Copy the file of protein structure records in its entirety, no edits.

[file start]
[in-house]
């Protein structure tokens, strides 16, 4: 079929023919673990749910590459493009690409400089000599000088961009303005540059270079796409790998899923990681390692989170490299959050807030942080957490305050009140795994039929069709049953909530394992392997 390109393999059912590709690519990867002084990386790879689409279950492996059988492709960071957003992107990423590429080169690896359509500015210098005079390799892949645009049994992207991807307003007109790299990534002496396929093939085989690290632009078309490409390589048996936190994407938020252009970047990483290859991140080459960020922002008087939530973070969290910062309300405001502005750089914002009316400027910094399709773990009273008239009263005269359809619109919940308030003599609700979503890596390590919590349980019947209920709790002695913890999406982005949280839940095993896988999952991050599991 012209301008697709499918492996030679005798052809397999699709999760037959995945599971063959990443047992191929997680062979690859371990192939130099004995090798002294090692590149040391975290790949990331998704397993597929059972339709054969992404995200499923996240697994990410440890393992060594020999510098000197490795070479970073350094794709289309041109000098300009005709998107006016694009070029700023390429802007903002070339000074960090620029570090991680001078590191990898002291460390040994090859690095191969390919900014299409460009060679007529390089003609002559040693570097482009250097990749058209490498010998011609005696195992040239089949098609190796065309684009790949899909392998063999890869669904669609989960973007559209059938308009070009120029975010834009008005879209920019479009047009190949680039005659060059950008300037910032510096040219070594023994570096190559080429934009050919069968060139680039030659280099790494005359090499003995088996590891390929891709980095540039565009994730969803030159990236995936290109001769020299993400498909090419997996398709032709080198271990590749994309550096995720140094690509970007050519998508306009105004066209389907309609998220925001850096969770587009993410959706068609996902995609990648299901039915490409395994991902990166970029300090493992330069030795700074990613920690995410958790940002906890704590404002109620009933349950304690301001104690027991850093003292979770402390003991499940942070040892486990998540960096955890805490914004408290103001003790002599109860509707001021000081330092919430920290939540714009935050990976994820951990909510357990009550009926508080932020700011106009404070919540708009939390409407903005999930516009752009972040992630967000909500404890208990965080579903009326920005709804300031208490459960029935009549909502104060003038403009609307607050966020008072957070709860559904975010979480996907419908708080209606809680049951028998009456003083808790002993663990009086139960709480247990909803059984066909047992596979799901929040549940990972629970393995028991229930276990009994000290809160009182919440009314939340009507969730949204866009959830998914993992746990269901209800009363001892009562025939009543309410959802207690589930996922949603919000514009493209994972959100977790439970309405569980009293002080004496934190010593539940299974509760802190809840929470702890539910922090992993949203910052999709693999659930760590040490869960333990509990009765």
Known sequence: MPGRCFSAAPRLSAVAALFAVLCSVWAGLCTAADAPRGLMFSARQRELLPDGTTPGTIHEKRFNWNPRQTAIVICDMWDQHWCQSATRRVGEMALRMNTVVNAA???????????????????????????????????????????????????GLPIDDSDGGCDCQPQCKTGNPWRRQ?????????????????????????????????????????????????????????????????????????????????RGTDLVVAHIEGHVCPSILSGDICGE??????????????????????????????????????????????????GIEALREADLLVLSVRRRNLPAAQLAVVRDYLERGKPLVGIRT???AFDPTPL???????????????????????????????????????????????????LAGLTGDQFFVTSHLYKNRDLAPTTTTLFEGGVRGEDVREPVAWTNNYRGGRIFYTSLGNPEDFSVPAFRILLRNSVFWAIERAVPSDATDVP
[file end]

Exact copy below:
[in-house]
């Protein structure tokens, strides 16, 4: 079929023919673990749910590459493009690409400089000599000088961009303005540059270079796409790998899923990681390692989170490299959050807030942080957490305050009140795994039929069709049953909530394992392997 390109393999059912590709690519990867002084990386790879689409279950492996059988492709960071957003992107990423590429080169690896359509500015210098005079390799892949645009049994992207991807307003007109790299990534002496396929093939085989690290632009078309490409390589048996936190994407938020252009970047990483290859991140080459960020922002008087939530973070969290910062309300405001502005750089914002009316400027910094399709773990009273008239009263005269359809619109919940308030003599609700979503890596390590919590349980019947209920709790002695913890999406982005949280839940095993896988999952991050599991 012209301008697709499918492996030679005798052809397999699709999760037959995945599971063959990443047992191929997680062979690859371990192939130099004995090798002294090692590149040391975290790949990331998704397993597929059972339709054969992404995200499923996240697994990410440890393992060594020999510098000197490795070479970073350094794709289309041109000098300009005709998107006016694009070029700023390429802007903002070339000074960090620029570090991680001078590191990898002291460390040994090859690095191969390919900014299409460009060679007529390089003609002559040693570097482009250097990749058209490498010998011609005696195992040239089949098609190796065309684009790949899909392998063999890869669904669609989960973007559209059938308009070009120029975010834009008005879209920019479009047009190949680039005659060059950008300037910032510096040219070594023994570096190559080429934009050919069968060139680039030659280099790494005359090499003995088996590891390929891709980095540039565009994730969803030159990236995936290109001769020299993400498909090419997996398709032709080198271990590749994309550096995720140094690509970007050519998508306009105004066209389907309609998220925001850096969770587009993410959706068609996902995609990648299901039915490409395994991902990166970029300090493992330069030795700074990613920690995410958790940002906890704590404002109620009933349950304690301001104690027991850093003292979770402390003991499940942070040892486990998540960096955890805490914004408290103001003790002599109860509707001021000081330092919430920290939540714009935050990976994820951990909510357990009550009926508080932020700011106009404070919540708009939390409407903005999930516009752009972040992630967000909500404890208990965080579903009326920005709804300031208490459960029935009549909502104060003038403009609307607050966020008072957070709860559904975010979480996907419908708080209606809680049951028998009456003083808790002993663990009086139960709480247990909803059984066909047992596979799901929040549940990972629970393995028991229930276990009994000290809160009182919440009314939340009507969730949204866009959830998914993992746990269901209800009363001892009562025939009543309410959802207690589930996922949603919000514009493209994972959100977790439970309405569980009293002080004496934190010593539940299974509760802190809840929470702890539910922090992993949203910052999709693999659930760590040490869960333990509990009765």
Known sequence: MPGRCFSAAPRLSAVAALFAVLCSVWAGLCTAADAPRGLMFSARQRELLPDGTTPGTIHEKRFNWNPRQTAIVICDMWDQHWCQSATRRVGEMALRMNTVVNAA???????????????????????????????????????????????????GLPIDDSDGGCDCQPQCKTGNPWRRQ?????????????????????????????????????????????????????????????????????????????????RGTDLVVAHIEGHVCPSILSGDICGE??????????????????????????????????????????????????GIEALREADLLVLSVRRRNLPAAQLAVVRDYLERGKPLVGIRT???AFDPTPL???????????????????????????????????????????????????LAGLTGDQFFVTSHLYKNRDLAPTTTTLFEGGVRGEDVREPVAWTNNYRGGRIFYTSLGNPEDFSVPAFRILLRNSVFWAIERAVPSDATDVP